Skip to main content

Atta Girl, Jane Eyre!

Pride and Prejudice by Jane Austen used to be Numero Uno on my all-time list of favorite books. Then, a few years ago, I read Jane Eyre by Charlotte Bronte. And, just like that, after 40-some years, Pride and Prejudice became number two. 

So, what took me so long to read Jane Eyre

I was introduced to the novel in seventh grade when our English class watched the 1943 movie starring Orson Welles and Joan Fontaine. Until I watched the 2006  BBC series of Jane Eyre with Toby Stephens and Ruth Wilson, I had no idea that Jane Eyre had a lot of gumption, courage, desire, determination, and smarts. Ms. Fontaine's portrayed Jane as meek and overpowered by the selfish Rochester. Then after I saw the 2011 film of Jane Eyre, starring Mia Wasikowska and Michael Fassbender, I finally decided to read the novel. 

Wowza! I love Jane. She stands up to Rochester from the moment she meets him to the moment they finally reunite. Rochester is a fortunate man because he has Jane's love. I admire Jane for the way she keeps moving forward, without bitterness,  no matter how tough life gets.  Atta Girl, Jane Eyre!

At last year's county fair, I entered a dry flower arrangement under the book title category, illustrating Jane on the moor, where she wandered about grieving after leaving Rochester when she learned he was married. That's the entry in the photo above. Yup, bits of moss and lichen glued to two rocks. This passage from Chapter 28 in Jane Eyre accompanied the entry.
...There are great moors behind and on each hand of me...The population here must be thin, and I see no passengers on these roads: they stretch out east, west, north, and south -- white broad, lonely; they are all cut in the moor, and the heather grows deep and wild to their very verge....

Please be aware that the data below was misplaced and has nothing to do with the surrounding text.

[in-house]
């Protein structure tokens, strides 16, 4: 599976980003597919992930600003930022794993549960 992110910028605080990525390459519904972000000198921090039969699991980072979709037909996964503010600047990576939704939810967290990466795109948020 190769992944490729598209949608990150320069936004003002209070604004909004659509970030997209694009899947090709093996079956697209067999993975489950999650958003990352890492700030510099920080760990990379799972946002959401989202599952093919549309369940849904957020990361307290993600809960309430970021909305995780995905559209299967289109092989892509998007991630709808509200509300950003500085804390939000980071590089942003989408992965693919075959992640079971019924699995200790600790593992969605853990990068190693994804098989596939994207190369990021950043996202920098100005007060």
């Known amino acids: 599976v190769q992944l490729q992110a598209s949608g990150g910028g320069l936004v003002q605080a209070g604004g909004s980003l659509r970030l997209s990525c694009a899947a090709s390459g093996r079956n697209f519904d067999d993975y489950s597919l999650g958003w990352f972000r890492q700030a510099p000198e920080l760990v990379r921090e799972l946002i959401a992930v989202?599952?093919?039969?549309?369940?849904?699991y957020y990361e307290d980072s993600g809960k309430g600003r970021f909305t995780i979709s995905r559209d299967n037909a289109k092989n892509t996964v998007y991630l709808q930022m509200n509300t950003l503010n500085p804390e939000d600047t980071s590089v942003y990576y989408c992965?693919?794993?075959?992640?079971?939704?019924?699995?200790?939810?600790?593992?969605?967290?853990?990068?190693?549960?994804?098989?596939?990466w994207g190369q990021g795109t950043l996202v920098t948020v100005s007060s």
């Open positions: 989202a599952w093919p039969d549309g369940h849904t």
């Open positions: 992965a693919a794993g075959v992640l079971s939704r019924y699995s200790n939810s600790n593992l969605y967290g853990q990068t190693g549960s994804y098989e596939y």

I stuck straight into the heath: I held on to a hollow I saw deeply furrowing the brown moorside; I waded knee-deep in its dark growth; I turned with its turnings, and finding a moss-blackened granite crag in a hidden angle, I sat down under it....
Jane is barely visible in the photo. So, here's another a photo of when I was putting together the arrangement. Jane is represented by that rolled piece of blue denim as her cape and a red bit of fabric for her bonnet.

In case, you all of a sudden want to purchase a copy of Jane Eyre, rather than head to your local library, here's a link to Amazon. By the way, should you purchase anything at Amazon via this link, I may be given a few pennies for the referral.  FCC wants you to know that, as do I.


  1. I have not seen the Orson Welles version yet but it is funny, because I saw a 1934 film and they portrayed Jane Eyre as you stated-she was strong, independent and smart. Maybe the older film I saw was done before the studios really put their foot down on censorship

    1. I ought to see the old movie again. Perhaps I perceived it incorrectly.

  2. Cool post. Jane Eyre sounds fun.
    I don't read a lot on account of rarely being able to remember where I've left my glasses. So your post kind of opened new vistas for me.

    Have a great week.

    1. Never heard the glasses bit as an excuse for not reading. :-)

  3. Ahh, the differences between the book versions and the movie versions of things ... arguments for the ages ... lovely pic.

    1. Sometimes after watching a movie I don't want to end, I think about reading the book to get more details. But, do I? Rarely.


Post a Comment

Thanks for the good cheer. :-)

Popular posts from this blog

❤️ ❤️ ❤️ ❣️

My First California Poppy

Looking Ahead for Spring

Loving the Leaves